Malta registered 17 new cases of COVID-19 over the past 24 hours, Health Minister Chris Fearne said on Sunday. 

The country has now confirmed 90 cases of the novel coronavirus so far.

Fearne, together with Superintendent of Public Health Charmaine Gauci, updated the public on the COVID-19 situation in a live press conference.

Fearne dismissed rumours, fuelled on social media, that any patient had died. Of the 90 patients, one is in intensive care while a further 27 are hospitalised. The rest are recovering at home, he said.

Gauci said 276 swab tests were carried out on Saturday.

Ten of the 17 new cases are related to recent travel overseas, which have now been stopped.

With borders now closed, health authorities' strategy "will now focus on limiting local transmission," Gauci said. 

Fearne said that the country would now be increasing its virus containment measures, with all non-essential shops and services providers to remain closed as of Monday morning and all public gatherings banned. 

Case details 

Cases 1 and 2

An 18-year-old Maltese woman, and man, 73, in connection with travel to the UK.

Cases 3 and 4

Maltese, 22, and Swede, 50, in connection with travel to north Italy.

Case 5

Hungarian boy who probably contracted the virus from his father.

Case 6 

Finn, 24, who returned to Malta from Vienna.

Case 7

Maltese man, 51, who travelled back to Malta from Morocco.

Case 8

Maltese woman, 26, who was in contact with another person who had already tested positive on arrival from Belgium.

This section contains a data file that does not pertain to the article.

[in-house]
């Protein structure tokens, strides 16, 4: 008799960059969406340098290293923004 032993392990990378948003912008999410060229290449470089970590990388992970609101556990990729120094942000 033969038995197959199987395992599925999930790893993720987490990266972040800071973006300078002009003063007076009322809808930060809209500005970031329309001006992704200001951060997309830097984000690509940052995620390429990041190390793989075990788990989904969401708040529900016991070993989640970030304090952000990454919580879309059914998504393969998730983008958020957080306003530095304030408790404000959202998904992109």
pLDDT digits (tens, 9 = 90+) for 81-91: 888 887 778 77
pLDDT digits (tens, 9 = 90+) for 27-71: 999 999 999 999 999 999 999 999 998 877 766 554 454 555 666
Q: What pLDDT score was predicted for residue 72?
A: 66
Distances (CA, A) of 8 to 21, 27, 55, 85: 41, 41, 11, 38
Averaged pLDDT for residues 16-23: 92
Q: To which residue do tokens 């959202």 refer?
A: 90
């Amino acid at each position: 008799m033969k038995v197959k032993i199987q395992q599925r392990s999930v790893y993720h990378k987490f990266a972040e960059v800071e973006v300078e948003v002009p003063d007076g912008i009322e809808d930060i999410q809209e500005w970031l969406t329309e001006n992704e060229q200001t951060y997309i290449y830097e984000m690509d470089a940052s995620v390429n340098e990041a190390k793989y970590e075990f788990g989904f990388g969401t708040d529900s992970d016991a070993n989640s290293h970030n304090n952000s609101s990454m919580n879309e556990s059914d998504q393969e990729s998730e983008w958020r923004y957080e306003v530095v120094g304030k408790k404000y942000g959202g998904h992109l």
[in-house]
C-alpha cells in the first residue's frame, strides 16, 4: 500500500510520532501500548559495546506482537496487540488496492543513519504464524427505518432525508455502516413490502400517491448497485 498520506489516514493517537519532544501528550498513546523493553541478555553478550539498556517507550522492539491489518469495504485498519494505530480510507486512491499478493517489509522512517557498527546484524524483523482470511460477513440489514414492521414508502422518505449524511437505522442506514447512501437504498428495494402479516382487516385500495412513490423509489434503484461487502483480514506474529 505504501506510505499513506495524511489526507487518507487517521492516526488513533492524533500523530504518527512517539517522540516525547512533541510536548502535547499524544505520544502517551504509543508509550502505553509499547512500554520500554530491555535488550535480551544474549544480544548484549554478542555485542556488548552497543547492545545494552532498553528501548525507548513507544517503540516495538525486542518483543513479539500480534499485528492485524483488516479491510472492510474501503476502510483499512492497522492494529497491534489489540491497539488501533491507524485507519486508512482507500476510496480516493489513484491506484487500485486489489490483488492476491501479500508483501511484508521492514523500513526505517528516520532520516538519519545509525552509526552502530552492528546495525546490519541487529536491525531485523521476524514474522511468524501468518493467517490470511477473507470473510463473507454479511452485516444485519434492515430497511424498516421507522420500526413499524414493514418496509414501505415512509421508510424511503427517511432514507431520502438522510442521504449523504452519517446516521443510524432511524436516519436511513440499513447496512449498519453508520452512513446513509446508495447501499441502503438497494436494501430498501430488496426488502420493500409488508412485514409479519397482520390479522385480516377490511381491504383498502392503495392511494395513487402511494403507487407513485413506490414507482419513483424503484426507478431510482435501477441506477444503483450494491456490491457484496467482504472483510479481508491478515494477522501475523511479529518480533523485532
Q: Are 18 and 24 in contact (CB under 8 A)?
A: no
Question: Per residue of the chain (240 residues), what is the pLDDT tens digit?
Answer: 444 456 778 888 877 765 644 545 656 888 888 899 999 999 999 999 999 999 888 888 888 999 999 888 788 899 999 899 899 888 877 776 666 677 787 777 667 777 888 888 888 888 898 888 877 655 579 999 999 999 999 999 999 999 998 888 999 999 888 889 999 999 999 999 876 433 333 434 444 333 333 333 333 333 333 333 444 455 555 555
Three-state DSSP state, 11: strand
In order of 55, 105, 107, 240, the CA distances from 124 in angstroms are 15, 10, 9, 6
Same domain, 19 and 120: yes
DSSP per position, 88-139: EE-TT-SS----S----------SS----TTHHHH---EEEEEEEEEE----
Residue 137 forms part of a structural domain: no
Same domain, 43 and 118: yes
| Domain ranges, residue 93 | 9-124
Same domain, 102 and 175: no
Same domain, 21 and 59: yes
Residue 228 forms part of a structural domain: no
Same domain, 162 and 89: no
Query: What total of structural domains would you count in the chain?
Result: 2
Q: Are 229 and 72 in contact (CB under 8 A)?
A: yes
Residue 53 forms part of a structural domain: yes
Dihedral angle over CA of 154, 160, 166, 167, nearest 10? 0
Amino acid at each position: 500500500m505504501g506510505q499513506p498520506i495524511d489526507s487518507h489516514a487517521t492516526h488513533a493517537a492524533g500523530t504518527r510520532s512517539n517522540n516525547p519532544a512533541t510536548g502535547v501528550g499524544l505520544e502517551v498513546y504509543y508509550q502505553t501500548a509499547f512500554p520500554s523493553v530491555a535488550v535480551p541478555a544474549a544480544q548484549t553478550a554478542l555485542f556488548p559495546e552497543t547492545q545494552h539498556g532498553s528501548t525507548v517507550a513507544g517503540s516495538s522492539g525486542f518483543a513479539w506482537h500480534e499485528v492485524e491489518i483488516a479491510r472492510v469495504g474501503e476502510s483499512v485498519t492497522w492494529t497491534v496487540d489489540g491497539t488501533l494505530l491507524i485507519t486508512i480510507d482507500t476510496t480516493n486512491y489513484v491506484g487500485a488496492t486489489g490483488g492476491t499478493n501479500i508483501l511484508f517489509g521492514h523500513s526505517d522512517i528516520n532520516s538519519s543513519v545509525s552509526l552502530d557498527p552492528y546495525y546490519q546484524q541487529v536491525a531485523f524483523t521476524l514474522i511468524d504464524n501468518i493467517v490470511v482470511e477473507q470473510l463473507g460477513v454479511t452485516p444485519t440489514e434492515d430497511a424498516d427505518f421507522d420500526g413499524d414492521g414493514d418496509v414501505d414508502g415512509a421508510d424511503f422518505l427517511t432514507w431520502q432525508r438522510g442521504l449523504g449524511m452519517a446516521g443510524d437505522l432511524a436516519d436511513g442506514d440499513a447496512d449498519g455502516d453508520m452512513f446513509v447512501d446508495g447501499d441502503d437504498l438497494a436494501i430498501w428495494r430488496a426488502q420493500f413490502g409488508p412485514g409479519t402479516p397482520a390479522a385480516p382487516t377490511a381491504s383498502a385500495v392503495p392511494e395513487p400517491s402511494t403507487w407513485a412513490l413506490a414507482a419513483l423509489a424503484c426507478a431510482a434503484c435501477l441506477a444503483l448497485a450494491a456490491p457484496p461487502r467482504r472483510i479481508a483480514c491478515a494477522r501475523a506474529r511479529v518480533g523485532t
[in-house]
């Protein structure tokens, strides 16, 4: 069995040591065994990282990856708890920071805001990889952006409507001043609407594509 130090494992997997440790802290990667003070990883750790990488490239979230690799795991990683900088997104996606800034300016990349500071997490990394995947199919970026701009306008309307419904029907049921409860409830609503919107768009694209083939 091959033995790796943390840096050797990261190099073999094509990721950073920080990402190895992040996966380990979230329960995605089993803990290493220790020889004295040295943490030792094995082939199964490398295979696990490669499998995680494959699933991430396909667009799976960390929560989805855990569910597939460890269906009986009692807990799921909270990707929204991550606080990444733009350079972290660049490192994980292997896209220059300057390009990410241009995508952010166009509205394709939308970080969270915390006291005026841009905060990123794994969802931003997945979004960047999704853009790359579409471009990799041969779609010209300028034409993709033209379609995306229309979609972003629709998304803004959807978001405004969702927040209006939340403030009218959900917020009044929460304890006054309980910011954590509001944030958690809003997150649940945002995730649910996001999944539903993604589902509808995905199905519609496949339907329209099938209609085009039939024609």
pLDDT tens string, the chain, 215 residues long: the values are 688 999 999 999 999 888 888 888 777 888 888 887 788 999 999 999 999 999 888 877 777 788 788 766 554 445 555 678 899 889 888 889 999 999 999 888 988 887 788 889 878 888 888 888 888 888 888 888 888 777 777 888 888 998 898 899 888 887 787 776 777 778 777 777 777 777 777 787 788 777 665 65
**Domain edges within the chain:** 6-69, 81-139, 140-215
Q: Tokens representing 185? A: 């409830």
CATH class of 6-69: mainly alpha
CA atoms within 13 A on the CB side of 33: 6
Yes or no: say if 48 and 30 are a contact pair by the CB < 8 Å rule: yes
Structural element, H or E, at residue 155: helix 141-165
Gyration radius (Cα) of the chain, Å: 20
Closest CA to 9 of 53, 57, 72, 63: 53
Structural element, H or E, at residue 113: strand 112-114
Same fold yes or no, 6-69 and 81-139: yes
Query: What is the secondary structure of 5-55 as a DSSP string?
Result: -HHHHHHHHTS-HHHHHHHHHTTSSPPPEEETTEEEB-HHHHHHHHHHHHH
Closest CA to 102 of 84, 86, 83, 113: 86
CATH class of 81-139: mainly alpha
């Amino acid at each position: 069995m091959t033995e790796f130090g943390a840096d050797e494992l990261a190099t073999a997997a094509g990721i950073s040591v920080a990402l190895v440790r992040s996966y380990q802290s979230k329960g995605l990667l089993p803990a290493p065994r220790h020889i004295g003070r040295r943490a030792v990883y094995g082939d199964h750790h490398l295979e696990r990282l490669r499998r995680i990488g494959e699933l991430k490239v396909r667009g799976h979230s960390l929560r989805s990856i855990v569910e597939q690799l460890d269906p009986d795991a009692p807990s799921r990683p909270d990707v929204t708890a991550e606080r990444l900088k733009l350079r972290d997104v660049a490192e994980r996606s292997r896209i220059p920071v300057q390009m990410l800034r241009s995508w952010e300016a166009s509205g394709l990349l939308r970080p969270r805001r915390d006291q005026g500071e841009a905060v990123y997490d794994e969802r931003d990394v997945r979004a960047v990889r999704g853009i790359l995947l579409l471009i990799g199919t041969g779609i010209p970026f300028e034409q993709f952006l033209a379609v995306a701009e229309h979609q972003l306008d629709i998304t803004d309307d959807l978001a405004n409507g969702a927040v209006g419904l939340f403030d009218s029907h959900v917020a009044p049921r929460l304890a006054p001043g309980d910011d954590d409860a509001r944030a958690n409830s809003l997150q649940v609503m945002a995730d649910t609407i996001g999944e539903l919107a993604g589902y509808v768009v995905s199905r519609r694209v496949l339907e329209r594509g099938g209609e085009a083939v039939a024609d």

Case 9

Maltese woman, 46, who was in contact with someone who had travelled to Germany.

Case 10

Maltese woman whose partner works with tourists.


The other seven cases have no link to known cases or overseas travel, Gauci said. 

Case 11

Maltese man, 27, healthcare worker at Mater Dei Hospital.

Case 12

Indian, 42, works in Malta.

Cases 13-15

Three Maltese women, aged 33, 53 and 60 respectively. 

Case 16

A 74-year-old man.

Case 17

Somali man, 28, who has lived in Malta for more than five years.


Asked about whether Malta's number of cases was low, average or high, Gauci skirted the question and said Malta was one of the countries conducting the highest amount of testing and this was leading authorities to discover COVID-19 cases. It would be a more worrying situation if cases were hidden, she noted. 

Although the number of recovered patients in Malta was still two, Charles Mallia Azzopardi from the Infectious Diseases Unit said that a good number of the country's patients were recovering well.

Gauci was also asked whether the relatives of clients of a popular pharmacy in Balzan where a staff member tested positive for COVID-19 should self-isolate.

Earlier this week the authorities called on those who visited the pharmacy on March 16 or 17 to self-isolate and contact authorities if symptoms emerged. 

On Sunday, Gauci said the authorities had already carried out contact tracing and were in touch with clients who might have been at the pharmacy. The time they spent at the pharmacy was minimal, meaning exposure and, therefore, risk of contracting the virus was low.

Independent journalism costs money. Support Times of Malta for the price of a coffee.

Support Us
a